The SQL Trace function is an on-demand log of selected SQL statements that are issued against the database through the Open SQL Engine. The SQL Trace can be switched on or off dynamically. The log format is database independent. Besides the SQL statement text, each log record contains information about the point in time when the statement was executed, its duration, its input parameters and results (where applicable) as well as context information.

    The SQL Trace is especially useful for:

    · Development

    SQL Trace can help JDO, enterprise beans, servlet and JSP developers to learn which kind of database accesses their code produces.

    · Performance analysis

    Typically, performance issues are caused by inefficient database accesses. In this case SQL Trace can be used to show the issued SQL statements and their duration, thus helping to identify inefficient SQL statements.

    SQL Trace Analysis

    The SQL Trace part of the Performance Trace tool allows you to see how the OPEN SQL statements that you use in ABAP programs are converted to standard SQL statements (see Embedded SQL) and the parameters with which the embedded SQL statements are passed to the database system.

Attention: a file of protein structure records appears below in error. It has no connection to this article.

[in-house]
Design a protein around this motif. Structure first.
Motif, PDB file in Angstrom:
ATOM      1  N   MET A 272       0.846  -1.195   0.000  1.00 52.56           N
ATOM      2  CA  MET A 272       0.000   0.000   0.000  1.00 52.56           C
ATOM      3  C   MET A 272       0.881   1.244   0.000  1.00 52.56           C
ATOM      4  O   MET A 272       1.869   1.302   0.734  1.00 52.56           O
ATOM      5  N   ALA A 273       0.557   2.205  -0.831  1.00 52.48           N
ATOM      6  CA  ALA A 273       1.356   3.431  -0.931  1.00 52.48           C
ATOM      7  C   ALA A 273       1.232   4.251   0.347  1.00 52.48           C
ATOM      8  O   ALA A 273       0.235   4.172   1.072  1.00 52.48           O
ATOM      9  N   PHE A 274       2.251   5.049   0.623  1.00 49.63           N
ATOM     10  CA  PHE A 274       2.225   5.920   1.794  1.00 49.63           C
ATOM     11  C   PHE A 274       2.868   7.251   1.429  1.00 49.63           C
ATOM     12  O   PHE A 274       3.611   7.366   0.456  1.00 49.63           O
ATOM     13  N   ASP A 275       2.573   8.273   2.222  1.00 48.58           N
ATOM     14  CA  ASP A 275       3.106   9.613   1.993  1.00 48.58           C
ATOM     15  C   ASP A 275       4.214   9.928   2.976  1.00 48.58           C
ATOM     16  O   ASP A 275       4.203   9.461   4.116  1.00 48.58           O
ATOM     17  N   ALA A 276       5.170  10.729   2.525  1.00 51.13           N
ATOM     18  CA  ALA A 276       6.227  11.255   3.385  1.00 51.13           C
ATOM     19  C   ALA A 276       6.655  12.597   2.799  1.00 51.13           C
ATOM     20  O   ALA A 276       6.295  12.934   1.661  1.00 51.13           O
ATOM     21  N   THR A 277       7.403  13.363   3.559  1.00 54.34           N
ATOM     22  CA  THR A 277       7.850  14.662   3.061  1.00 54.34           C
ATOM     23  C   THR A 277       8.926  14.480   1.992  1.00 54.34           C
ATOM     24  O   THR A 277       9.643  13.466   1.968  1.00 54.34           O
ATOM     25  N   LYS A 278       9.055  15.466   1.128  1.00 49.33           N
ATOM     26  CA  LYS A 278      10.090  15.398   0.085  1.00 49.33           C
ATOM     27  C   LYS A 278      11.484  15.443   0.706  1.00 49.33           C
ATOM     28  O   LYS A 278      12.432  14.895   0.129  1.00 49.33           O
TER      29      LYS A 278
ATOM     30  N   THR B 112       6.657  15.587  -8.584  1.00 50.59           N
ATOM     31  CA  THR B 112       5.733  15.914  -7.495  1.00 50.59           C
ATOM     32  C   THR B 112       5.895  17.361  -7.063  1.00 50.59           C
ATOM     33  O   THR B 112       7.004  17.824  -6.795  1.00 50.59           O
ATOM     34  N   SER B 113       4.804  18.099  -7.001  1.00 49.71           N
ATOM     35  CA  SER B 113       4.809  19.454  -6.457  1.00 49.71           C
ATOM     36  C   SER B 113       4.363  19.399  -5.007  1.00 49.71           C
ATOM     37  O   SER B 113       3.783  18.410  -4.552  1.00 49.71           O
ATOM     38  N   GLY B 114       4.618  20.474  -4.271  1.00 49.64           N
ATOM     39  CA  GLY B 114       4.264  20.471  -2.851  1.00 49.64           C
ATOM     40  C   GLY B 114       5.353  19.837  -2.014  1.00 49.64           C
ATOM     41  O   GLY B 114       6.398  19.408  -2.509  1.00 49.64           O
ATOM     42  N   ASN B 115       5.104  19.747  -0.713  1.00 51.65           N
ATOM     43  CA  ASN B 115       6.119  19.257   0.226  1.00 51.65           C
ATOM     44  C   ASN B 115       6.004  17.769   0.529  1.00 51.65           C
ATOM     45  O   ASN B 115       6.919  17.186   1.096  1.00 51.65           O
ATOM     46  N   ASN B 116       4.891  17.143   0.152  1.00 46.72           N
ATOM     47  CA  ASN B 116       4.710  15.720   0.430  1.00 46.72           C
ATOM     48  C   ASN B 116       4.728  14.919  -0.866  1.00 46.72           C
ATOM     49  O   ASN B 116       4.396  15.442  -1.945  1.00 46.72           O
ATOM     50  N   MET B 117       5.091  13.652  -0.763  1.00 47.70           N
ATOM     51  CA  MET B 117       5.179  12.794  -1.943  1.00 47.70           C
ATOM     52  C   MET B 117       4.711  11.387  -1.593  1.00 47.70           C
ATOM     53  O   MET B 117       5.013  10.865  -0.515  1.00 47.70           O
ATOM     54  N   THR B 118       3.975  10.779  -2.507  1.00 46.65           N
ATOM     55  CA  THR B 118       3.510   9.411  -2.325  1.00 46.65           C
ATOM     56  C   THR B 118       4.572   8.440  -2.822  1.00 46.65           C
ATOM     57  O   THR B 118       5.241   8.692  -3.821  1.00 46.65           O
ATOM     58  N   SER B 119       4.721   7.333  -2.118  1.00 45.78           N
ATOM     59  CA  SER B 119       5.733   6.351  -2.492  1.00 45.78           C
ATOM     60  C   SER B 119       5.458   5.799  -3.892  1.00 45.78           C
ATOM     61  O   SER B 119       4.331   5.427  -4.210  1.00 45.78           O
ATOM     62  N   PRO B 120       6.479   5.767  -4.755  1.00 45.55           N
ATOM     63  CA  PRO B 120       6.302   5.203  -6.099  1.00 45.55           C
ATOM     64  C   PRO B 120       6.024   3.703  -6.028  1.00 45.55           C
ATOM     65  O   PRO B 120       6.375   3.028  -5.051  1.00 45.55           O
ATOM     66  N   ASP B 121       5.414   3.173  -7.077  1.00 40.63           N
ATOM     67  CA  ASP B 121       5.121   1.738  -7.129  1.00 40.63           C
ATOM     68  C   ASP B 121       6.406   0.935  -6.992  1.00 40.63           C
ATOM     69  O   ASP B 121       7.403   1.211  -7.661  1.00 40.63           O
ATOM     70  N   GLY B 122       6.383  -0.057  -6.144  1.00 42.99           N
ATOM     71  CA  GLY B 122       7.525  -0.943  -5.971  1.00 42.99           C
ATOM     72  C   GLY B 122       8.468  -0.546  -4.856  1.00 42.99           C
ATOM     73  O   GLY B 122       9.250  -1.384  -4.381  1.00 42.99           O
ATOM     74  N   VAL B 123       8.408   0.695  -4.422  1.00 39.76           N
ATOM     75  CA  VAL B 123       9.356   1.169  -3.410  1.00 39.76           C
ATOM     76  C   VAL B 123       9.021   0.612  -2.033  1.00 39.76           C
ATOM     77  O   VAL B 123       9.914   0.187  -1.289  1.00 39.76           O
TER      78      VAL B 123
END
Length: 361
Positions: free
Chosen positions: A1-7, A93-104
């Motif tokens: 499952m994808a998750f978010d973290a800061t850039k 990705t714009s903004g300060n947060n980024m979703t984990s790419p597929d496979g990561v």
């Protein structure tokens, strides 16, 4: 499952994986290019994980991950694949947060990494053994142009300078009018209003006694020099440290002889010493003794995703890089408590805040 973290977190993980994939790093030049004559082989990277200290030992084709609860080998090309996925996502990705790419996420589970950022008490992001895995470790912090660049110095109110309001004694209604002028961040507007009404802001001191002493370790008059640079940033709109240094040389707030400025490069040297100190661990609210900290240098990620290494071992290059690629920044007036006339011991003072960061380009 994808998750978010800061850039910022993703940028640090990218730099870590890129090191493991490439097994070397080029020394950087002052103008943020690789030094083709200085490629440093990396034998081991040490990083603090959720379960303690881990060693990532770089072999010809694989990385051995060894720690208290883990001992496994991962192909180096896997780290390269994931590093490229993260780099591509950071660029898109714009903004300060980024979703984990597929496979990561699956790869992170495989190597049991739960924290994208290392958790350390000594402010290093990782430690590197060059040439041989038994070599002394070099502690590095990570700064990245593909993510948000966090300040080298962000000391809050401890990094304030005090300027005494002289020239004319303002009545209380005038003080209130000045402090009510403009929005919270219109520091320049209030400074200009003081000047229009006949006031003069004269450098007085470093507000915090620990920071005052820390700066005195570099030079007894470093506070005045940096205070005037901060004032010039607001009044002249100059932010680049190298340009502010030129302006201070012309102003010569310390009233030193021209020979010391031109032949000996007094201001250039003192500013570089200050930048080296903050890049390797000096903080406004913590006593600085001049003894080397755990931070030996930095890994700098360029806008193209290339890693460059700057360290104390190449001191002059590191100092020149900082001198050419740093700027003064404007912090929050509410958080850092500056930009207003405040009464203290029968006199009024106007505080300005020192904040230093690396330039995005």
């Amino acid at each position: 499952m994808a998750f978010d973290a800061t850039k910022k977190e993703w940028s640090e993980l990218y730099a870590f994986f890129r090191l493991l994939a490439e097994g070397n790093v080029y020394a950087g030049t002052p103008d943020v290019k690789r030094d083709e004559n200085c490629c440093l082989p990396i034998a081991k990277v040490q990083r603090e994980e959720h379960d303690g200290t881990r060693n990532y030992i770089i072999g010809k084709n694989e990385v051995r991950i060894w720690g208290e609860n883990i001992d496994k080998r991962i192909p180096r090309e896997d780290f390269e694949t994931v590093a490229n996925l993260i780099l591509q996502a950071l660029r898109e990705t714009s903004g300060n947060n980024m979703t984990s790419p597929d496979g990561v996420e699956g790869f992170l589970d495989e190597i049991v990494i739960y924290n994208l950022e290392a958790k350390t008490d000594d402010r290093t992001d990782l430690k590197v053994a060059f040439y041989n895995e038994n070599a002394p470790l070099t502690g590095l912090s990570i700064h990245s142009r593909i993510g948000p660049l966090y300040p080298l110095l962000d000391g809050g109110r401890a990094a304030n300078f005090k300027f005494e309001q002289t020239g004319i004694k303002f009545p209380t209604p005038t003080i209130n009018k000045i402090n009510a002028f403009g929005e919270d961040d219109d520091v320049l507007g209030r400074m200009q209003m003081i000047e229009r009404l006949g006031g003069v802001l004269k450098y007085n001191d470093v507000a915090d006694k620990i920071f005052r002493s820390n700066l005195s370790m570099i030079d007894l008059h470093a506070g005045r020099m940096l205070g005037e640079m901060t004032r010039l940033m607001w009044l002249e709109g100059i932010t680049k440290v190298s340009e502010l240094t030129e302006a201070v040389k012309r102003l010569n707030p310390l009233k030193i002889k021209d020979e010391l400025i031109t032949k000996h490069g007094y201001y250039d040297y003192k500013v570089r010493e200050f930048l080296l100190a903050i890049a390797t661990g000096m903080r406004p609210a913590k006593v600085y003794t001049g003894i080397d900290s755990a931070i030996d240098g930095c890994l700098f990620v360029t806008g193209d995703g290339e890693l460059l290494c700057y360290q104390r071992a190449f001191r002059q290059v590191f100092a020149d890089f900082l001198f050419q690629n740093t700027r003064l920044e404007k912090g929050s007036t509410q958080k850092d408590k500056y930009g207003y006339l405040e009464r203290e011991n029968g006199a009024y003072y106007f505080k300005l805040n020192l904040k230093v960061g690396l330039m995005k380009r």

While the trace is switched on, the SQL Trace function records all database activity by a particular user or group of users. The R/3 System takes OPEN SQL statements and converts them in to embedded SQL statements that it passes to the database. It is the embedded SQL statements, their parameters, return codes, and the number of entries retrieved, inserted, or deleted that are recorded in the SQL Trace file. The log file also contains the runtime of the statement and the place in the application program from which it was called.

    The SQL trace tells you:

    The SQL statements executed by your program.
    The values that the system uses for particular database access and changes.
    How the system converts ABAP Open SQL statements (such as SELECT) into Standard SQL statements.
    Where your application executes COMMITs.
    Where your application repeats the same database access.
    The database accesses and changes that occur in the update part of your application.

    Code Inspector

    The Code Inspector is a tool for checking Repository objects regarding performance, security, syntax, and adherence to name conventions.

    also check the below document.